Famous Fables of Economics critiques some of our most cherished stories of market failure. Economists have used these colorful myths to justify a wide range of public policy interventions in the economy: public provision of goods and services, economic regulation of industry and antitrust actions against major corporations. Despite their blatant factual inaccuracies, the appeal of these fables to economic, law, and management academics continues undiminished - the fables are persistently repeated in countless classrooms, textbooks, and academic seminars. Among the fables critiqued here are the lighthouse, the keyboard, the bees and the orchard, General Motors' acquisition of Fisher Body, the Liberty Ships and the learning curve, predatory pricing and tulip mania. This provocative book explores the mythical nature of some of economists' favorite stories and raises fundamental questions about the role of the government in society. It provides an intriguing look at economic thought that is accessible to general readers, students, professionals, and academics.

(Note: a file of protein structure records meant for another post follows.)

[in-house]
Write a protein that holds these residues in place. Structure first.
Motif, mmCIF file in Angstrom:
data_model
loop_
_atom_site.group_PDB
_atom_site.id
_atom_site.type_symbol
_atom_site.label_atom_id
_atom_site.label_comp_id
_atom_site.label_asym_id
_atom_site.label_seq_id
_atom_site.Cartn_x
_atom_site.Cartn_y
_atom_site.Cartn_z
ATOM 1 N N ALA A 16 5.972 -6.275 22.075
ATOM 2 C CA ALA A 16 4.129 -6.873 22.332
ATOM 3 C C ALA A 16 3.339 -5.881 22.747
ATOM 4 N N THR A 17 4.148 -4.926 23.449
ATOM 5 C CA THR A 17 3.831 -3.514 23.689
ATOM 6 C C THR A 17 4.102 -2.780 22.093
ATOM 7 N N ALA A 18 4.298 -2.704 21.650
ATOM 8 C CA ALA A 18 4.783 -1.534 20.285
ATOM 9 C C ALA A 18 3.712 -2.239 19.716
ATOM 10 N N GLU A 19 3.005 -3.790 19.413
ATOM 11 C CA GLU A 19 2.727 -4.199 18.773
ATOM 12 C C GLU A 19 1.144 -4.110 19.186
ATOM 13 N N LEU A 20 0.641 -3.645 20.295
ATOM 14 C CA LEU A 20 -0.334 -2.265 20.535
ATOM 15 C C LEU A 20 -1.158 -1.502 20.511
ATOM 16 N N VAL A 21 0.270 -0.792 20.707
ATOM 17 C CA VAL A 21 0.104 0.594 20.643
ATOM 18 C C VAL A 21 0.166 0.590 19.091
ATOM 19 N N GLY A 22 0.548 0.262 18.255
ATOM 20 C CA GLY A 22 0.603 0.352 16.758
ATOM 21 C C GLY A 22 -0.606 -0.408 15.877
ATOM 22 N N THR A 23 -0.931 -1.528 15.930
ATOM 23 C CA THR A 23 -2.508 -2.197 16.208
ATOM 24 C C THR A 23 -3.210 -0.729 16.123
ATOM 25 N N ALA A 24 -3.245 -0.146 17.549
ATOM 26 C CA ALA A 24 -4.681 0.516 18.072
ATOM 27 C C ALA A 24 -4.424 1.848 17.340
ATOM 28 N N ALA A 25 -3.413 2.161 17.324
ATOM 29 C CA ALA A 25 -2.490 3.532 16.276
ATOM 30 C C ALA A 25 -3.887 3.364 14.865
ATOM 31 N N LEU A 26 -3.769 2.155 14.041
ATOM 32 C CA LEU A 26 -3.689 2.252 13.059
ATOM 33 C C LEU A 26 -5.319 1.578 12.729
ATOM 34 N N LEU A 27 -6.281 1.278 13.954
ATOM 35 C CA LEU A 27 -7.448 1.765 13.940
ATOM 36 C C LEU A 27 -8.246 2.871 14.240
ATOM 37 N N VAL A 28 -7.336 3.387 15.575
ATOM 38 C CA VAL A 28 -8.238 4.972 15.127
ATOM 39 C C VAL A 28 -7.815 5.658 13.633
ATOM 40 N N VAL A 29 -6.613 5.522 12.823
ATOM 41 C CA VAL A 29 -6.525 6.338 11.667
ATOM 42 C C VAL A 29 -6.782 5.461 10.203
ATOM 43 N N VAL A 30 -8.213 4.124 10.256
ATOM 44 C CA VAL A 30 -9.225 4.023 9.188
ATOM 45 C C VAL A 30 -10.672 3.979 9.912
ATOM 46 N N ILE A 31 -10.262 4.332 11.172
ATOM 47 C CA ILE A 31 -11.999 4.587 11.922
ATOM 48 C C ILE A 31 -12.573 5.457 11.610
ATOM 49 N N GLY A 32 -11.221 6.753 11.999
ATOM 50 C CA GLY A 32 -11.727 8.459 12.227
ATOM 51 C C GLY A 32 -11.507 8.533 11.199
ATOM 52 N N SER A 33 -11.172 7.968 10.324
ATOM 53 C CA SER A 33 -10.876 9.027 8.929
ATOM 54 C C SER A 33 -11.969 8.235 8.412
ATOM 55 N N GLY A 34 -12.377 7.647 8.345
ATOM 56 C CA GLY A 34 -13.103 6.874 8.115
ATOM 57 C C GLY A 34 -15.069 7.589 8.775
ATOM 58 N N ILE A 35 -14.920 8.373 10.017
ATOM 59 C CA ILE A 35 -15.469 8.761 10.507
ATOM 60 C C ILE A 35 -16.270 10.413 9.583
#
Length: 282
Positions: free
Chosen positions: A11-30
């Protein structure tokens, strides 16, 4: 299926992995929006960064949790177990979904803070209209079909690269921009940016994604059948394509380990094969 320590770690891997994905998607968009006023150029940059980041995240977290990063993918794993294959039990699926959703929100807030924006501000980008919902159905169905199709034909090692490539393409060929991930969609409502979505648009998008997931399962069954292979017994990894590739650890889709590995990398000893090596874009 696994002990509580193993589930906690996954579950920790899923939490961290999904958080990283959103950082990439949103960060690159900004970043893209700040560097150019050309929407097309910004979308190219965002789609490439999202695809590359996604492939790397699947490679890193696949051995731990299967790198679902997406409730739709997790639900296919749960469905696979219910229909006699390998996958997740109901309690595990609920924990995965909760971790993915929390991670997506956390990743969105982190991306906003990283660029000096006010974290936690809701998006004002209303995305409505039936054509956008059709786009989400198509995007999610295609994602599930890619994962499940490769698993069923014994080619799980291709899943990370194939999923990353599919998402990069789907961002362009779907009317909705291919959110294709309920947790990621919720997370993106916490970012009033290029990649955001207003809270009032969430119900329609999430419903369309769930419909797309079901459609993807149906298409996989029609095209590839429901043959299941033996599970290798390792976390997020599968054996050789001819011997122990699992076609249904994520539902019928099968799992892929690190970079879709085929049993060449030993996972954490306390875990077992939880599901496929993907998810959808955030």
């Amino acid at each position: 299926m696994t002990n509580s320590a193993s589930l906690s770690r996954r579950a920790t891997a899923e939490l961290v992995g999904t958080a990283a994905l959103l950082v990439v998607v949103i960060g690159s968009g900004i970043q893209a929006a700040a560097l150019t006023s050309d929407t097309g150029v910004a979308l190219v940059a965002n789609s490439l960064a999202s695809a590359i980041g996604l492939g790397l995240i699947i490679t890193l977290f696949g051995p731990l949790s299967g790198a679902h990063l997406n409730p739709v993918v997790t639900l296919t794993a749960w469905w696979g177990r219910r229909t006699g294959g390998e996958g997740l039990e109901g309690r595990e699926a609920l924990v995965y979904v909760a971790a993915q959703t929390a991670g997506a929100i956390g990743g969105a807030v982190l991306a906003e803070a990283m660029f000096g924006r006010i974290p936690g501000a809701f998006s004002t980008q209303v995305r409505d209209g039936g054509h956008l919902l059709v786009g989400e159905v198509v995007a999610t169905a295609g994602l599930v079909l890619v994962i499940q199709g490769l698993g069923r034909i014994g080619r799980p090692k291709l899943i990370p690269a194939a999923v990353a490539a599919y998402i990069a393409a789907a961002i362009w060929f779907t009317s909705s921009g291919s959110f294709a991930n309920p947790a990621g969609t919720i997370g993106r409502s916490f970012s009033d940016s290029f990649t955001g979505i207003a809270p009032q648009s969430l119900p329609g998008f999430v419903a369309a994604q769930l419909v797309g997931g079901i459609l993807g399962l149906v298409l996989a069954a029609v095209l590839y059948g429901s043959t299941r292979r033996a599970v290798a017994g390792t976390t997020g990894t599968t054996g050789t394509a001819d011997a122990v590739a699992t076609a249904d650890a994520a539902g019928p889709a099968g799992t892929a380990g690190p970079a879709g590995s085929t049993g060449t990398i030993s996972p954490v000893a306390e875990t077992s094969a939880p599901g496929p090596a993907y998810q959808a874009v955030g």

These articles suggest that economic analysis of market efficiency should rely on systematic study of institutions and transaction costs rather than on casual anecdotes.